p41nk1ll3r's avatar
I was actually asking why you bother with things like this not trying to bash you...
MartinSilvertant's avatar
MartinSilvertantProfessional General Artist
I understand your intentions. To be quite frank, the fact that I have Asperger might imply why I waste my time on writing stuff like this — and I do admit it's a waste of time. Although I usually like to write things more practical, I sometimes also enjoy writing silly criticism and to some people it's not a waste of time but rather just entertaining to read. So that's why I not only bother to write it but also bother to share.

Some years ago I wrote an E-mail of 4 pages long to this religious fanatic criticizing everything he stated on his websites and in his book. It was a huge waste of time to write, but I just needed to write it. I was also very interested in what the guy would respond, but he never responded. For people's entertainment I posted my letter on MySpace at the time, and although a lot of people enjoyed it, some people responded like you. I do understand your position and frankly there's no point in defending myself because you're right; it's a huge waste of time. I waste a lot of time in my days and nights.
p41nk1ll3r's avatar
I remember that!

If you feel the need to write and share who am I to judge you. I feel that everything is a waste of time and simply useless, but on the other hand stuff like that triggers me, like wasting time on people who don't deserve it nor won't appreciate it.
jthongbai's avatar
I saw a quote not that long ago that was something along the lines of 'if all religions and beliefs were destroyed, in a thousand years we would still have them but just as a different lot of nonsense, but if all science was destroyed, in a thousand years we will have discovered the exact same things.'
MartinSilvertant's avatar
MartinSilvertantProfessional General Artist
I never thought about that. It's a very reassuring though. It also seems to imply that science will eventually be accepted by everyone given enough time to develop (and obviously also depending on the financial, cultural, political and natural environment).
jthongbai's avatar
I think it's a known tendency for people to want to justify the unknown with faith in something that explains everything (but explains nothing at the same time) - but this more so as a reassurance for their purpose in living. And maybe don't want to accept that everything is slowly being explained by science because eventually it may well disprove their faith, and put them in question of their purpose again.
MartinSilvertant's avatar
MartinSilvertantProfessional General Artist
I don't think it's just a tendency but the very reason religion came into development. Or rather initially mythology. Just to have mysteries in the world which can't be explained. It seems almost natural to me that morals and politics then become involved and it becomes this fantastical, rich story with some basic truths that are not exclusive to the religion. What exactly it is about that story which makes people hang on to it for thousands of years is beyond me though. I've read the Bible, some of the Torah and a little bit of the Quran, and I just can't figure it out.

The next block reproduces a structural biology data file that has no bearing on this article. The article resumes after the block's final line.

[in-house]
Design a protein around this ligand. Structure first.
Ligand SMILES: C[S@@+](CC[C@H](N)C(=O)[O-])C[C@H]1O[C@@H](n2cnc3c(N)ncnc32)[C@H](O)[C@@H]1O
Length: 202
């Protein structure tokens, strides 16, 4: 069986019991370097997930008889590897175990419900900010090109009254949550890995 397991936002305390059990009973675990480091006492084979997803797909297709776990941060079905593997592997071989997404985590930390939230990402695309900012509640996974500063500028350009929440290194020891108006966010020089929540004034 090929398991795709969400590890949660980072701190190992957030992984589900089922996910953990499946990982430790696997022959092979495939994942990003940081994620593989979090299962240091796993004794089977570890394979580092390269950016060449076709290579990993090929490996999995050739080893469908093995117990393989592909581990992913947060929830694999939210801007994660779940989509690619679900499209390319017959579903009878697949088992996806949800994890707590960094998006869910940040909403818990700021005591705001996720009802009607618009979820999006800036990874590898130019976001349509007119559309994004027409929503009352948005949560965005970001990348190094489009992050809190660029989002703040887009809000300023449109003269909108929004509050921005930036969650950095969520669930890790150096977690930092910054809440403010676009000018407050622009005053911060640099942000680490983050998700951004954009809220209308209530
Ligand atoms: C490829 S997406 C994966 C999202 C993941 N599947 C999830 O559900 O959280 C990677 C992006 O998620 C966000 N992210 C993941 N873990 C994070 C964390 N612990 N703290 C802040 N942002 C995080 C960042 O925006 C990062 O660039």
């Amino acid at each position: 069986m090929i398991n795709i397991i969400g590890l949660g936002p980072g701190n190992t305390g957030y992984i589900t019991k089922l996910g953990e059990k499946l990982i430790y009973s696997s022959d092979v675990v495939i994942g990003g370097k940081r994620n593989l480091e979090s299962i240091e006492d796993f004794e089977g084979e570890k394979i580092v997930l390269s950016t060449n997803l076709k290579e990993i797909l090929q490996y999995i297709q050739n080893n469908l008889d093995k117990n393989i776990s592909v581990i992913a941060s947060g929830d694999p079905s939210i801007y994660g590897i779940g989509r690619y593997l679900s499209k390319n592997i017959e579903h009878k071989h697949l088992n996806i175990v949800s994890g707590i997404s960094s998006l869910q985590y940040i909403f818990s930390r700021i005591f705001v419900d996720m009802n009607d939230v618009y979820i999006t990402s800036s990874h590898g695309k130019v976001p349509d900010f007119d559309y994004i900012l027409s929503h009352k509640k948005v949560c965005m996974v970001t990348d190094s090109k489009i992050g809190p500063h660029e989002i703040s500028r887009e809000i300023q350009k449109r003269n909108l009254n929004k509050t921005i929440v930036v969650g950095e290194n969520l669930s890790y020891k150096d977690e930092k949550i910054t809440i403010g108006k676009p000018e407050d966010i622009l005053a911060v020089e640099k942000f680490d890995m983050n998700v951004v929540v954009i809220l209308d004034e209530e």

TheRyanFord's avatar
TheRyanFordProfessional Interface Designer
Historically God was always a vengeful, horrible concept. He punished everybody and everything. One was supposed to be afraid of him, living in fear of what horrors he would bring next, comforted only by the idea that following his rules would give you a pleasant and eternal after life.

Then there was a "change of thought." Really it was a PR move. The Catholic Church (and pardon me for not being able to recall the year this transpired off the top of my head) decided that God really wasn't mean. Nope! In fact, now he was your buddy, your pal. God was here to give you a wonderful life, and give you wonderful children, and everything would be hunky-dory. Yeah sure you might get a horrible disease and die alone in suffering but you'd deserve it, but hey don't dwell on that! Come to church! Toss money in our collection plates! Be a friend!

While I do not subscribe to the notions of religion, I do recognize that some people need to believe in the idea that an invisible being pulls the strings of fate. I don't know what specifically gives them this need, but emotionally these people are unable to consider that life is a string of random events and that reality is far more spectacular and amazing than anything written in any religious text.

Which is more inspiring: the fact that we are all made up of the same materials as stars—that we were born from stars, OR the notion that an invisible space alien watches your life and controls it?

But I digress. I hate getting on a religious tangent.

What I ultimately just want to pass along is this: science is not infallible, but science is undeniable. One cannot decide which areas of science to accept and which to reject. Science does not work that way. Science is a leap—you either accept that science exists or you live in denial. Denial of science means that you stop using electricity, you stop driving cars, you stop going to the doctor when you're sick, you stop taking headache medicine, you stop using tools, you stop using computers, you stop flying on planes, so on and so forth. You get the picture. Denying that dinosaurs existed, that evolution is proven fact, that climate change is real—these ultimately are denials of science in favor of the imaginary, the intangible, the unprovable. It's just damn silly.